Summer Solstice: 5 Fast Facts You Need to Know

Spring starts

Midsummer, the first day of summer, the longest day of the year, these are all names given to the summer solstice, a scientific and cultural day of significance here on Earth.

This year the summer solstice falls on Saturday, June 21.

Here is what you need to know about the holiday, the science, and the summer:

1. It Is When the Northern Hemisphere Has the Most Extreme Tilt



Twice a year, as the Earth spins on its axis, it reaches the point of maximum tilt, either when the northern hemisphere is the most tilted toward the sun, summer, or when it is tilted the furthest from the sun, winter. These two moments are known as the solstice. Look at the diagram above for an illustration of this tilting.

It is a common misconception that summer heat occurs because the hemisphere is closer to the sun, but this is not true. Because more of the hemisphere is directly in the Sun’s rays for longer increments of time, it absorbs more of its energy.

2. Parts of the East Coast Will Get 15 Hours of Sunlight



Because the northern hemisphere will receive more sunlight for longer due to the Earth’s tilt, June 21 will be the longest day of the year. On the east coast, the United States should receive almost 13 hours of sunlight, with the sun rising at 5:34 a.m. and setting at 8:37 p.m. In Alaska, much closer to the north pole and therefore exposed to the most amount of sunlight during this extreme tilt, the sun will rise at 3:52 a.m. and set at around 10:00 p.m.

3. It’s Celebrated With Both Christian Feasts & Pagan Rituals



Every year on the summer solstice, pagans in Northern Europe celebrated the holiday Midsummer, and commemorated the celestial movements with big bon fires that can still be seen a celebrations across the world today. In order to subvert the ancient pagans celebrating Midsummer, the Christian church created the feats of St. John the Baptist to coincide with the holiday.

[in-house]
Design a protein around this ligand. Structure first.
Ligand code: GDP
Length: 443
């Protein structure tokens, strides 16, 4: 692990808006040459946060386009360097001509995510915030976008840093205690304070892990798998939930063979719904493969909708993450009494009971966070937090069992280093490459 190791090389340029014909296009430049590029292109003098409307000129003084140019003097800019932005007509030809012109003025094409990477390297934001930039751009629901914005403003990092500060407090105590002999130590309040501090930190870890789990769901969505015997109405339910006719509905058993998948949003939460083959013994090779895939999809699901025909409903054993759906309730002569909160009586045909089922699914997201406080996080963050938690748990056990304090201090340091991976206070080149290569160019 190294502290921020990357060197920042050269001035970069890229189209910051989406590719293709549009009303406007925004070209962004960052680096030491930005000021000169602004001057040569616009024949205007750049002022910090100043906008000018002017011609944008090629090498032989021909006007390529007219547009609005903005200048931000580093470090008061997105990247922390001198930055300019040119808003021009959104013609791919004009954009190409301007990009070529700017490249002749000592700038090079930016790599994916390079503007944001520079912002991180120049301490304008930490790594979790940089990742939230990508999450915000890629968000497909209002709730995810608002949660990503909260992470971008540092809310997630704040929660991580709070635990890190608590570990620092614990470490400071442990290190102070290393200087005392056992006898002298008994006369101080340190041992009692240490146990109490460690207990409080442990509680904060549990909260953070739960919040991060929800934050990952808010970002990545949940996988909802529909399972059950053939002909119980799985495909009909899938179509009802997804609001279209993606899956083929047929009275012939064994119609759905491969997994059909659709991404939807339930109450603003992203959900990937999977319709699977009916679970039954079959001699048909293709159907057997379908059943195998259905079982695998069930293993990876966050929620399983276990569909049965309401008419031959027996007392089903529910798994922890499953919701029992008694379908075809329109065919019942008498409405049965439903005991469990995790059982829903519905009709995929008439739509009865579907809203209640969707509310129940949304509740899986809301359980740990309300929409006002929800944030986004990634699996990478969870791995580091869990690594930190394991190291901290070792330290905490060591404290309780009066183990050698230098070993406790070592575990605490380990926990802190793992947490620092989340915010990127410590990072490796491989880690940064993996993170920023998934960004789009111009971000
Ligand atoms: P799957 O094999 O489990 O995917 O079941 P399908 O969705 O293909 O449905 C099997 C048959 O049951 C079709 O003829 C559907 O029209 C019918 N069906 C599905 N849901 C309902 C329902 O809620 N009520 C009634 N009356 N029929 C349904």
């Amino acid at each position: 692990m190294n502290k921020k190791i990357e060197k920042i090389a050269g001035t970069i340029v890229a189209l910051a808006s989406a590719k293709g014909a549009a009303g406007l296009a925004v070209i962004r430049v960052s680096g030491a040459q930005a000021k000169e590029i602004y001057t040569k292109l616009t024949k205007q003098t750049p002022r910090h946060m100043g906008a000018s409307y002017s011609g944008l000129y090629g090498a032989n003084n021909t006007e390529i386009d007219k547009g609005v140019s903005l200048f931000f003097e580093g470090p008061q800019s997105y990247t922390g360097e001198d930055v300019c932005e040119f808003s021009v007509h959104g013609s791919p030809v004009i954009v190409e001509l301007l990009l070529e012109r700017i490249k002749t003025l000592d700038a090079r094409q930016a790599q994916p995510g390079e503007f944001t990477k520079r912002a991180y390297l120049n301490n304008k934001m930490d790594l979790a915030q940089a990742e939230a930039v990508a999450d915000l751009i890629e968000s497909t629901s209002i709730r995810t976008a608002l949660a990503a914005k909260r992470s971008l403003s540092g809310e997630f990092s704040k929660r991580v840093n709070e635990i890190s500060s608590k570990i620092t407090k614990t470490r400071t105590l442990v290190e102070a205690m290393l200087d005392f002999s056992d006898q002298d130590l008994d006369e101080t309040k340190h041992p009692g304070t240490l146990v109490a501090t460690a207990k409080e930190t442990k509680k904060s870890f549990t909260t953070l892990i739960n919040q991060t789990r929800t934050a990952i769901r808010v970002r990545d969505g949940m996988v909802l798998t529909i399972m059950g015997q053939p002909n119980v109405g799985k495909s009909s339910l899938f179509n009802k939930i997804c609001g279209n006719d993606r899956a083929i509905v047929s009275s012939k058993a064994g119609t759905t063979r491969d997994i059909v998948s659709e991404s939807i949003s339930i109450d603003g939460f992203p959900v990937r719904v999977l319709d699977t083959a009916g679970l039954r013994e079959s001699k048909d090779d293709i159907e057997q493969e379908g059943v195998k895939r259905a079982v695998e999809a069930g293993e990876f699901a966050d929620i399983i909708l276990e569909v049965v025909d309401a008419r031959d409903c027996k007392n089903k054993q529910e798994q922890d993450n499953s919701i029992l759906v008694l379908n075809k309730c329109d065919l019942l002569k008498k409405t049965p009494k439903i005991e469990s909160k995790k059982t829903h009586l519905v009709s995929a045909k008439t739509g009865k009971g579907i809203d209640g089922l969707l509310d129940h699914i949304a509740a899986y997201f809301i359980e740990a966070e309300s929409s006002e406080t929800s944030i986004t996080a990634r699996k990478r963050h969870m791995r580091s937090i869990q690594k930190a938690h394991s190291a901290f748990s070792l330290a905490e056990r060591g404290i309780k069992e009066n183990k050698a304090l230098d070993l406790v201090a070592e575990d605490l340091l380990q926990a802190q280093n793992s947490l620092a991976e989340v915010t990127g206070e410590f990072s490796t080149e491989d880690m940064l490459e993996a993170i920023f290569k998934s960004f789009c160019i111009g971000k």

4. Stonehenge is Aligned to the Summer Solstice’s Setting Sun



Stonehenge is believed to have been the site of some sort of structure or temple since as early as 8,000 BCE. After centuries of confusion over what the function of the stone circles do, astronomers realized that the central alleyways align with major celestial events, such as the summer and winter solstices.

The diagram above shows how the sun would move through the central alley.

5. The Southern Hemisphere Currently Has the Shortest Day of the Year

The summer solstice for the northern hemisphere is the winter solstice in the southern as that region of the globe is in direct sunlight for the least amount of time due to the tilt in the axis. For this reason, on June 21, the southern region of the world will be experiencing their shortest day of the year.